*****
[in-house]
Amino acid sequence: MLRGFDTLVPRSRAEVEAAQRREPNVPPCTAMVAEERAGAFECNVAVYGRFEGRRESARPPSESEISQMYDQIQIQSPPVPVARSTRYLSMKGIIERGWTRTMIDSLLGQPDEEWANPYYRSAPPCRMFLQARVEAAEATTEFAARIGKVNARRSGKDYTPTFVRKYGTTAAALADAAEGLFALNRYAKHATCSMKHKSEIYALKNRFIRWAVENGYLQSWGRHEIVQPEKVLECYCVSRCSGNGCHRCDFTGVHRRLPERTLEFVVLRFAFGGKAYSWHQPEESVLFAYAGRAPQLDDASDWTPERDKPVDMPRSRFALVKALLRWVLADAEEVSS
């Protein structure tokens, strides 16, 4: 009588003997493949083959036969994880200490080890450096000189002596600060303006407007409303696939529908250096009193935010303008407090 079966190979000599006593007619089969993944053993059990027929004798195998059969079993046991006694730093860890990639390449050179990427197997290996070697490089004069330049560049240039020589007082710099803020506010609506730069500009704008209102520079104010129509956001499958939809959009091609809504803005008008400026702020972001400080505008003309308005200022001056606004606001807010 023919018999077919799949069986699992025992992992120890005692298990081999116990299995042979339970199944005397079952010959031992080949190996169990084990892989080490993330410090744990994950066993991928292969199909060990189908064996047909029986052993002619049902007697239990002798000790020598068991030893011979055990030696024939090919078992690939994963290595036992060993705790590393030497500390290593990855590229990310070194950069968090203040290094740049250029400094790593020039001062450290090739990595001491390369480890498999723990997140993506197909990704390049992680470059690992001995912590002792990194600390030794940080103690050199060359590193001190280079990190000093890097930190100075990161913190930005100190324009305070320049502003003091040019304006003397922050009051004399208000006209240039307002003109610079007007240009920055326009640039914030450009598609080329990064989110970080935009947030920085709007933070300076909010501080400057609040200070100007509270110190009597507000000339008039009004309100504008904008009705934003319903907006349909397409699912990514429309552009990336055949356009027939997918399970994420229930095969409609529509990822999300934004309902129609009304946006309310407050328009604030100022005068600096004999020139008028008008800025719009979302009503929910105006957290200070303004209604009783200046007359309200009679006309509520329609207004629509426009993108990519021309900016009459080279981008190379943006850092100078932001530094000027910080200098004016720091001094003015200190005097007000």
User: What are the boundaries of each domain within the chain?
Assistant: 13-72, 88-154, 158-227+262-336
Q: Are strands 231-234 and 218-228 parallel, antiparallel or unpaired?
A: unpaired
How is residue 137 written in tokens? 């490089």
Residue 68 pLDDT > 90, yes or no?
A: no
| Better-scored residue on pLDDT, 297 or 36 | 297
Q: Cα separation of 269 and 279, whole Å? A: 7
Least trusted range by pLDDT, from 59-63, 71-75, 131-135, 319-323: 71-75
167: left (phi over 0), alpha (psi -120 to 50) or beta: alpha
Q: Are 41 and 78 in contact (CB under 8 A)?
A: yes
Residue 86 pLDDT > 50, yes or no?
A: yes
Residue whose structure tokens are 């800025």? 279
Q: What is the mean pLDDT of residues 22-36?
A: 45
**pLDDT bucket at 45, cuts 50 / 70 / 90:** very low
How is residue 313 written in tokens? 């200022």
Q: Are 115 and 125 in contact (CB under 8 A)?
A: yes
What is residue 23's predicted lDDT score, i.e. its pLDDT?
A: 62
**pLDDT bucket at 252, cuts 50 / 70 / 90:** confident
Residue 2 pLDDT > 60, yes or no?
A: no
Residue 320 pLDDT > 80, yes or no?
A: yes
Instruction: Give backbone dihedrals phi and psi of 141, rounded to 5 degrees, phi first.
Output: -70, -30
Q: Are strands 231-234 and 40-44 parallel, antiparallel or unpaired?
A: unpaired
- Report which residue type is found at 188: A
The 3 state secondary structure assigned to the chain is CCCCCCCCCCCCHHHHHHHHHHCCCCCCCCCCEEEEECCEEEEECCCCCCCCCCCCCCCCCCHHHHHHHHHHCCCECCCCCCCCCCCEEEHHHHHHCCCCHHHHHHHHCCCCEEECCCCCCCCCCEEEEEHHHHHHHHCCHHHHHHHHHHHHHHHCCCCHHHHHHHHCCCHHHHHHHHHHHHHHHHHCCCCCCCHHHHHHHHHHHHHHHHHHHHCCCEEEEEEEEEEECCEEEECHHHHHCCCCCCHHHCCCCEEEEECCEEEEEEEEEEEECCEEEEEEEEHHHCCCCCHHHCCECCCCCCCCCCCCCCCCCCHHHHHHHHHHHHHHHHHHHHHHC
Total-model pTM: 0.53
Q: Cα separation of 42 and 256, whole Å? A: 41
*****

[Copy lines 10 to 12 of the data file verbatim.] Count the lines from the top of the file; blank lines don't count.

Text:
A: no
| Better-scored residue on pLDDT, 297 or 36 | 297
Q: Cα separation of 269 and 279, whole Å? A: 7